My colleague and I arrived at Shanghai on Sun after a 10-hours direct flight from London. The flight was delayed 3 hours but it was grand from my point of view, as I could stayed another 3 hours at home. Upon arrival, our Chinese colleague came to pick us up and we hit the road straight away to Shaoxing. Shaoxing is in Jiangxi province and accordingly is one of the richest provinces in China.
We were sent to Xianheng Hotel, a local 5-star hotel, at a charge rate of only £45 per night! This includes free breakfasts, internet, laundries and pressings. Most of Asian hotels have big spacious rooms and luxurious service.
We stayed at this hotel last year and was quite satisfied with the conditions. However as we arrived on Sun, we found out that level 13 to 15 are undergoing renovation and therefore both my colleague and I were offered a room each on the 17th floor. As I don’t smoke and my colleague does, so I have asked for another floor that is smoke-free. They dare not offer me the 16th floor in case the drilling and hammering noise will be too loud for me. There are only 18 floors in this hotel (or may 16 since any number with number “4” will be omitted as this number is viewed as not auspicious from Chinese point of view). The higher it is, the bigger the rooms are I presume and so I didn’t bother to ask for lower levels.
The front-desk customer service offered to show me both rooms and let me decide which one I prefer to take. So she took me to both rooms. While I was busy chatting with her, I barely paid any attention to what she was doing before we entered the room. Well, I did thought about it, but I was distracted and forgot to ask her, which I am glad that I didn’t ask her. In fact, I am writing this in the room that I finally settled on. It was more spacious and during when I checked both rooms, the noise from the renovation was quite faint whilst the other one looks more damp and smelly, not cigarette but more of poor fragrance to mask the smell.
This sounds a bit creepy, even more so that I am actually typing this from the room in the hotel. But I just couldn’t keep quite anymore and would like to find out if there are similar practice in other culture or beliefs.
Now, after I have settled down in the hotel room, I somehow recollected what the front desk customer service did. We stood outside of the hotel rooms, twice, for good one minute. While she was explaining the renovation or something else, she first knocked the door, and waited for few seconds, and then rang the door bell. We waited for another few seconds, before she opened the door using the hotel card. The first time she did that, I wanted to ask her, but somehow I didn’t, as I was too tired after more than 10 hours journey. What I wanted to ask was “were there other guests in the room??!!”
Then slowly I recalled a conversation with my university mate when I was back to Malaysia in May. She shared her recent hotel-related experience. She had to do some survey for her company’s functions and for some reasons, she’d like to see the type of rooms available in the hotels. So she has requested the hotel staff to show her different type of rooms.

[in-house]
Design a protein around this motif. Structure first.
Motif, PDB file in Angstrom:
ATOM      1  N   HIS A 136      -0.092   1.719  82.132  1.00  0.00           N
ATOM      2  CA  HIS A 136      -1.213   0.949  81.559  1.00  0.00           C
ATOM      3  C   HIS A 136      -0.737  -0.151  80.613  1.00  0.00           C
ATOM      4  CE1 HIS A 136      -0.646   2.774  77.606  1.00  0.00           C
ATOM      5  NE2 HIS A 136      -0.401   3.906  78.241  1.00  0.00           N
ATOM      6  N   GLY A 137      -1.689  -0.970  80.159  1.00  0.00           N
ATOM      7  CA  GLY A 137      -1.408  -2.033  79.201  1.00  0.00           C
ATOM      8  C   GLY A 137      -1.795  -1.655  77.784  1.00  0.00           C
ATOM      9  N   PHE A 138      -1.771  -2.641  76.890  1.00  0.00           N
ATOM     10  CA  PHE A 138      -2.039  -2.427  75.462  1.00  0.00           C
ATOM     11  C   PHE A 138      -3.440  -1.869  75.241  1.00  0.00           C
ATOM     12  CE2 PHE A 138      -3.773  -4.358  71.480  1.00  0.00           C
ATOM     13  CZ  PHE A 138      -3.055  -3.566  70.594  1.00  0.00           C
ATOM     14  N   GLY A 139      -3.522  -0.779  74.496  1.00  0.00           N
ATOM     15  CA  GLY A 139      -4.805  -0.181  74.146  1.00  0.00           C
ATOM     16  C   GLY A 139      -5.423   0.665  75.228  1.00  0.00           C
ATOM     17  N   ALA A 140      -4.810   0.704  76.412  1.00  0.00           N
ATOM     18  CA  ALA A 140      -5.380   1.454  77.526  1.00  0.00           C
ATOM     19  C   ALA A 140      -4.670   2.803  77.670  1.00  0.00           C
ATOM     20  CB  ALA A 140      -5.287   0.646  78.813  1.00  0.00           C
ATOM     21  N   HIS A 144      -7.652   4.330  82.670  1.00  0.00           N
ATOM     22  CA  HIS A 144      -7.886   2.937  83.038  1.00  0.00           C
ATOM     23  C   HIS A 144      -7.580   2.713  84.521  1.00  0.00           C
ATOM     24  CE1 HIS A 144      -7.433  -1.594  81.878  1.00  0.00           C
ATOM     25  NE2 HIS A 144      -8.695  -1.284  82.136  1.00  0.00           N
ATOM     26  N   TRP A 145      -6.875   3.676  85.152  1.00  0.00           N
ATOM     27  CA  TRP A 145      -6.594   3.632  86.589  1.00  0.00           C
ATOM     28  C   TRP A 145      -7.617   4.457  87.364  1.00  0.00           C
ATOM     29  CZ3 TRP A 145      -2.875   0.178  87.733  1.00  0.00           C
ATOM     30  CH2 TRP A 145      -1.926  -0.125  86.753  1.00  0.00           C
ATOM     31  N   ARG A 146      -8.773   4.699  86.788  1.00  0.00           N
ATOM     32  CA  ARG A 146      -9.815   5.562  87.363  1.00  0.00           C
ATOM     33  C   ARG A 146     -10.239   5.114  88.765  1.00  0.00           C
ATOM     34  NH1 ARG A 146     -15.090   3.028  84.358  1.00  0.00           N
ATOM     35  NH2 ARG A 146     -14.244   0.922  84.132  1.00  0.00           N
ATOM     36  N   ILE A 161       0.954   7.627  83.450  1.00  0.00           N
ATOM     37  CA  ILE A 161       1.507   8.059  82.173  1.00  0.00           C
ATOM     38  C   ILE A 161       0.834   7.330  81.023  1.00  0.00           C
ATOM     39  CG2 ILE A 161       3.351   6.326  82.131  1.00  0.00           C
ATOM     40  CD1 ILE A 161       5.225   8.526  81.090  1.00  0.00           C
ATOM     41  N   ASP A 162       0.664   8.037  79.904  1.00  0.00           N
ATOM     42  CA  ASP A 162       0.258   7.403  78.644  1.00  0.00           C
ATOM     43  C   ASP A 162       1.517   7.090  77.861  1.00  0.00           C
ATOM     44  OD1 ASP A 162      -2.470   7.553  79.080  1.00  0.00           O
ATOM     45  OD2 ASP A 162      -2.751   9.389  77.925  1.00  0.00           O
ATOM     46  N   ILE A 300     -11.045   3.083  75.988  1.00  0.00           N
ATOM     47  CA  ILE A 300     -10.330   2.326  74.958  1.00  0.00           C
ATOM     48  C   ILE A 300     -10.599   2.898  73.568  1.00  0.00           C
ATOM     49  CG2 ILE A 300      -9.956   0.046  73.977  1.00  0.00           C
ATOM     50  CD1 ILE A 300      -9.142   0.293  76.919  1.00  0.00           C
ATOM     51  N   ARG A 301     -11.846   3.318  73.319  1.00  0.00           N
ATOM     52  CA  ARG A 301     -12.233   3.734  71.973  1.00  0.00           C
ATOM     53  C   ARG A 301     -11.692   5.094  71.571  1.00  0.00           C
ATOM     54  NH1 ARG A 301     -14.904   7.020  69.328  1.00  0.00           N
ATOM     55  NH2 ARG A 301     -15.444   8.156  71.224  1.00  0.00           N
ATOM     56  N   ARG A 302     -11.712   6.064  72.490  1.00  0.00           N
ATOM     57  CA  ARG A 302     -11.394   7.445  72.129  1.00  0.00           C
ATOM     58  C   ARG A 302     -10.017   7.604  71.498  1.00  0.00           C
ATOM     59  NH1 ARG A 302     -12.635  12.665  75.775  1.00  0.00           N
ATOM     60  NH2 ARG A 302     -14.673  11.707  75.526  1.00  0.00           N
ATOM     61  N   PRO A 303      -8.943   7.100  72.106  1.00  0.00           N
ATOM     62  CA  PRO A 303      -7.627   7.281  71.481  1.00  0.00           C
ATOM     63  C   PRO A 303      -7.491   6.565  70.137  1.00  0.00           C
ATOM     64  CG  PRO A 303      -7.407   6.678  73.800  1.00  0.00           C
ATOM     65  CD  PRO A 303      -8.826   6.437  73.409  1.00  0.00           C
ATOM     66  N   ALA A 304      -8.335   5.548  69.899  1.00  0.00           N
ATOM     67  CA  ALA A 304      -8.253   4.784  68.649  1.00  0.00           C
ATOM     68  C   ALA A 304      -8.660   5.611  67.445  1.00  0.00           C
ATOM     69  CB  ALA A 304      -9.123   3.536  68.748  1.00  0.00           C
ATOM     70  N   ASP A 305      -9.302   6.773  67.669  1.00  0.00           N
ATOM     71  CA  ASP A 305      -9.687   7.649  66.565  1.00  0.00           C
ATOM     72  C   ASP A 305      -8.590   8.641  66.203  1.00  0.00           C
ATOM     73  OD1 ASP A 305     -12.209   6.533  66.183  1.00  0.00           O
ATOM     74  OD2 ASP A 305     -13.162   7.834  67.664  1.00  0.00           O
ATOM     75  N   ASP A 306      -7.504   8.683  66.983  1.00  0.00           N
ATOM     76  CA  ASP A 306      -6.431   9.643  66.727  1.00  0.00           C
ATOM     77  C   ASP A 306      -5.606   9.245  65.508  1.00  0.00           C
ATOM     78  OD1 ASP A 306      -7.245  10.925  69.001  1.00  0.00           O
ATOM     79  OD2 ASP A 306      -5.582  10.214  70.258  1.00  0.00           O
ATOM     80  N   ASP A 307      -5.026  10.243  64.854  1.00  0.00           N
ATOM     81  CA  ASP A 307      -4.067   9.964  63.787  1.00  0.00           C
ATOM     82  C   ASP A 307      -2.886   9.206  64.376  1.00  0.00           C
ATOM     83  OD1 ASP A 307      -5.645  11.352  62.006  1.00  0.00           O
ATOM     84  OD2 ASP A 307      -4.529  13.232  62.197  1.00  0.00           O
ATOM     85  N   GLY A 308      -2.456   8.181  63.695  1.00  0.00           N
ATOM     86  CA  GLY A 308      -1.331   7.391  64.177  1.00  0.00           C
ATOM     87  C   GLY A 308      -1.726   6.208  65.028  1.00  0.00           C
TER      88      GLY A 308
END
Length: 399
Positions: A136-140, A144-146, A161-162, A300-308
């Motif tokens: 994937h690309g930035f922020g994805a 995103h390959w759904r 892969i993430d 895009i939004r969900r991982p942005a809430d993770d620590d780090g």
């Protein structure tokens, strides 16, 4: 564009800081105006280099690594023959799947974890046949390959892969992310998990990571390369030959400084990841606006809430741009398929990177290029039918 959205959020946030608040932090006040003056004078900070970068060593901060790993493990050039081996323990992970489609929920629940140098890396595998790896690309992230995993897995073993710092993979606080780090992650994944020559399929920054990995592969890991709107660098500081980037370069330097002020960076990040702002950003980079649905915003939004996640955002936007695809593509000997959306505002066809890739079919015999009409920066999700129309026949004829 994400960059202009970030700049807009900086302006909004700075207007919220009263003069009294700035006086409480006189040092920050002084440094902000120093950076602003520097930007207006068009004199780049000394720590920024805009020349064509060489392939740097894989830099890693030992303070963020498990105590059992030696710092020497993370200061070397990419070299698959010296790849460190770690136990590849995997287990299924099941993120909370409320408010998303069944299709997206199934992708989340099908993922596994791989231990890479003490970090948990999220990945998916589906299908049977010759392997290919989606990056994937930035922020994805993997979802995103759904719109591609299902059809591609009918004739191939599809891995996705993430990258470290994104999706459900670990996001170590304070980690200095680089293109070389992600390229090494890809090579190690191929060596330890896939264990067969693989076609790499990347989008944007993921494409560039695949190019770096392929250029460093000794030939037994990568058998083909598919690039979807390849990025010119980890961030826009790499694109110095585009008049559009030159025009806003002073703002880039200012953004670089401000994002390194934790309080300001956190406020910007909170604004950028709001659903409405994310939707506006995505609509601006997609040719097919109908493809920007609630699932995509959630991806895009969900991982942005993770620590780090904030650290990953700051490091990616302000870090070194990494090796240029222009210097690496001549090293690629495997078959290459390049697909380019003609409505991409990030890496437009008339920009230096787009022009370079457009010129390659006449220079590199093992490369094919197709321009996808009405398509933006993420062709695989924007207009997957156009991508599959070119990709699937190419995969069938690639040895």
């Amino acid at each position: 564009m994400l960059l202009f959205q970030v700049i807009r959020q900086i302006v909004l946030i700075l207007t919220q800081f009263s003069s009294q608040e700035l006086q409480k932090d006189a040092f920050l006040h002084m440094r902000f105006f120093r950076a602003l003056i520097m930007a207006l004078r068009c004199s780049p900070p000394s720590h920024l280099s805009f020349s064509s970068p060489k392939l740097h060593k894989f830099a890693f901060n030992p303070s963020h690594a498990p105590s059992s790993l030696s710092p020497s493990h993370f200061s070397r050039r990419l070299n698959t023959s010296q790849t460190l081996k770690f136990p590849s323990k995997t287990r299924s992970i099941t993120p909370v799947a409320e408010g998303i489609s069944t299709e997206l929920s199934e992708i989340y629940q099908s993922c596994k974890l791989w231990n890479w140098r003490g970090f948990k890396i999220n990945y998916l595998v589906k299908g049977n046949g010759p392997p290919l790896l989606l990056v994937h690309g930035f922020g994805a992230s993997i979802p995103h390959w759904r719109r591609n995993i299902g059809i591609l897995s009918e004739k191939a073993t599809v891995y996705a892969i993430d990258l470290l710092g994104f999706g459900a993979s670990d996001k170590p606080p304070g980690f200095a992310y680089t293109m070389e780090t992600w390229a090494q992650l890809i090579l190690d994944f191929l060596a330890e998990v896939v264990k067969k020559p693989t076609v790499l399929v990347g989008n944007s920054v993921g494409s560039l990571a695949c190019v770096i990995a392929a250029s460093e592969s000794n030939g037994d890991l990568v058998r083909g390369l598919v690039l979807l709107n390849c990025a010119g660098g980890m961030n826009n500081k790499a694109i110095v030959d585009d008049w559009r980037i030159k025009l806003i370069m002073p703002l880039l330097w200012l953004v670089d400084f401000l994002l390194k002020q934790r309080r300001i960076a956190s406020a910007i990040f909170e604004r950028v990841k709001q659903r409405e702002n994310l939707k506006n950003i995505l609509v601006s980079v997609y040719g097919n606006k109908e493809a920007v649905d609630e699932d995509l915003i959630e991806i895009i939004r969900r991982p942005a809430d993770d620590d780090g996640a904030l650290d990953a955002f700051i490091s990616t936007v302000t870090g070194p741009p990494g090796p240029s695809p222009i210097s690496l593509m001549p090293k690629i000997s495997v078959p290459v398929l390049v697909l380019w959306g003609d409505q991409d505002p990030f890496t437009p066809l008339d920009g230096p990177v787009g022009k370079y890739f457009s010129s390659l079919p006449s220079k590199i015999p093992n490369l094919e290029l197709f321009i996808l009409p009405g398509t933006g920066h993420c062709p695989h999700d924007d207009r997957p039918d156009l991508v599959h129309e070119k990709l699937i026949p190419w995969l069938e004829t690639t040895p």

Now, this is where she noticed something strange when the same actions taken by the employee of the different hotels she went to. The employees also knocked and rang the bells before entering into the rooms. She too asked the same question that I wanted to ask. “Why did she show her the room where guests are still staying in it?”
Apparently, everyone work works in hotels have a practice and belief to do that, especially if entering the room for the first time. “It is better to knock and ring the bell before entering into the hotel room, even though you know that there should not be any guests in the room. This is to alert “the others” that you are going into the room”.
I was doubtful initially, so I did a quick survey by asking people I met on that few days in Malaysia. It seemed that everyone has this knowledge or have heard of this before. I on the other hand, a frequent traveler, have not heard about this before. I did not practice this since I learnt about this even though I continue to travel frequently. I do occasionally share with other friends I met, whenever we talk about something similar.
Now that I am in the room, even though I finally manage to relate the experience with my university mate’s experience, I still do not knock or ring the bell before entering into the room. I only started doing this after another strange practice.
On the first day after work, a minute or so after I entered into the room, I suddenly realised that the kettle was plugged and turned on automatically. I remember clearly that I unplugged the kettle after I used it the night before as a safety measure. So I was confused why the kettle was plugged and turned on by itself. I unplugged the kettle again that night, however the next night the same thing happened again.
As I pondered about this, I recalled other conversations I had subsequent to my friend’s sharing. Few friends told me that aside from knocking and ringing the bell, they also suggest to boil water. Can’t quite recall the reasons behind it but some believes that will “force the others to leave the room”.
So, I wonder if there are other practice and beliefs from other culture or countries! And did some internet search and found an article about this.
If you have heard or have such knowledge, please feel free to share!